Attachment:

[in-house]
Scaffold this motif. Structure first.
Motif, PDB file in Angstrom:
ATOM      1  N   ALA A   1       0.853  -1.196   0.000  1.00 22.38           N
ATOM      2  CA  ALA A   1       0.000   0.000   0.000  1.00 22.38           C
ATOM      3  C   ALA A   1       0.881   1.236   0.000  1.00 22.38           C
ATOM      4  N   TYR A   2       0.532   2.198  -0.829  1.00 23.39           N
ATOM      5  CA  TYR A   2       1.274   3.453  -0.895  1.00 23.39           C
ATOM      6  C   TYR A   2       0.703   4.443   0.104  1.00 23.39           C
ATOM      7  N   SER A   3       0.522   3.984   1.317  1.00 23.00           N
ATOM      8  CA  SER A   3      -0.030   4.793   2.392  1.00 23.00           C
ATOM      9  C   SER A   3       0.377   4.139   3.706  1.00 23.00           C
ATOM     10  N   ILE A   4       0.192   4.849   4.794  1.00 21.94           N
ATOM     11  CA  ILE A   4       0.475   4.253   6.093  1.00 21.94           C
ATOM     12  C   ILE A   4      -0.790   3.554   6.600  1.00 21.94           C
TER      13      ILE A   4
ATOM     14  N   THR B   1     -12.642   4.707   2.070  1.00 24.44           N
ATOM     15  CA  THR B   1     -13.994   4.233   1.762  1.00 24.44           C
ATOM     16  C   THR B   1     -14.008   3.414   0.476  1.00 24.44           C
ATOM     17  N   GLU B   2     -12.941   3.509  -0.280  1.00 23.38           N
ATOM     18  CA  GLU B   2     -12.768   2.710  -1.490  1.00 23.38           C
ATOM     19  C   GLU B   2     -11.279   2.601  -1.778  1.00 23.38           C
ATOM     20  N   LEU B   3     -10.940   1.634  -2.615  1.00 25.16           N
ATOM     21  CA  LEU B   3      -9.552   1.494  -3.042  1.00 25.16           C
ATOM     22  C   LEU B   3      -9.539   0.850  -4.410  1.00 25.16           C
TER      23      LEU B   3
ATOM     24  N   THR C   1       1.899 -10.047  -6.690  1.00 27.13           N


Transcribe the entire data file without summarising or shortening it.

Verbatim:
[in-house]
Scaffold this motif. Structure first.
Motif, PDB file in Angstrom:
ATOM      1  N   ALA A   1       0.853  -1.196   0.000  1.00 22.38           N
ATOM      2  CA  ALA A   1       0.000   0.000   0.000  1.00 22.38           C
ATOM      3  C   ALA A   1       0.881   1.236   0.000  1.00 22.38           C
ATOM      4  N   TYR A   2       0.532   2.198  -0.829  1.00 23.39           N
ATOM      5  CA  TYR A   2       1.274   3.453  -0.895  1.00 23.39           C
ATOM      6  C   TYR A   2       0.703   4.443   0.104  1.00 23.39           C
ATOM      7  N   SER A   3       0.522   3.984   1.317  1.00 23.00           N
ATOM      8  CA  SER A   3      -0.030   4.793   2.392  1.00 23.00           C
ATOM      9  C   SER A   3       0.377   4.139   3.706  1.00 23.00           C
ATOM     10  N   ILE A   4       0.192   4.849   4.794  1.00 21.94           N
ATOM     11  CA  ILE A   4       0.475   4.253   6.093  1.00 21.94           C
ATOM     12  C   ILE A   4      -0.790   3.554   6.600  1.00 21.94           C
TER      13      ILE A   4
ATOM     14  N   THR B   1     -12.642   4.707   2.070  1.00 24.44           N
ATOM     15  CA  THR B   1     -13.994   4.233   1.762  1.00 24.44           C
ATOM     16  C   THR B   1     -14.008   3.414   0.476  1.00 24.44           C
ATOM     17  N   GLU B   2     -12.941   3.509  -0.280  1.00 23.38           N
ATOM     18  CA  GLU B   2     -12.768   2.710  -1.490  1.00 23.38           C
ATOM     19  C   GLU B   2     -11.279   2.601  -1.778  1.00 23.38           C
ATOM     20  N   LEU B   3     -10.940   1.634  -2.615  1.00 25.16           N
ATOM     21  CA  LEU B   3      -9.552   1.494  -3.042  1.00 25.16           C
ATOM     22  C   LEU B   3      -9.539   0.850  -4.410  1.00 25.16           C
TER      23      LEU B   3
ATOM     24  N   THR C   1       1.899 -10.047  -6.690  1.00 27.13           N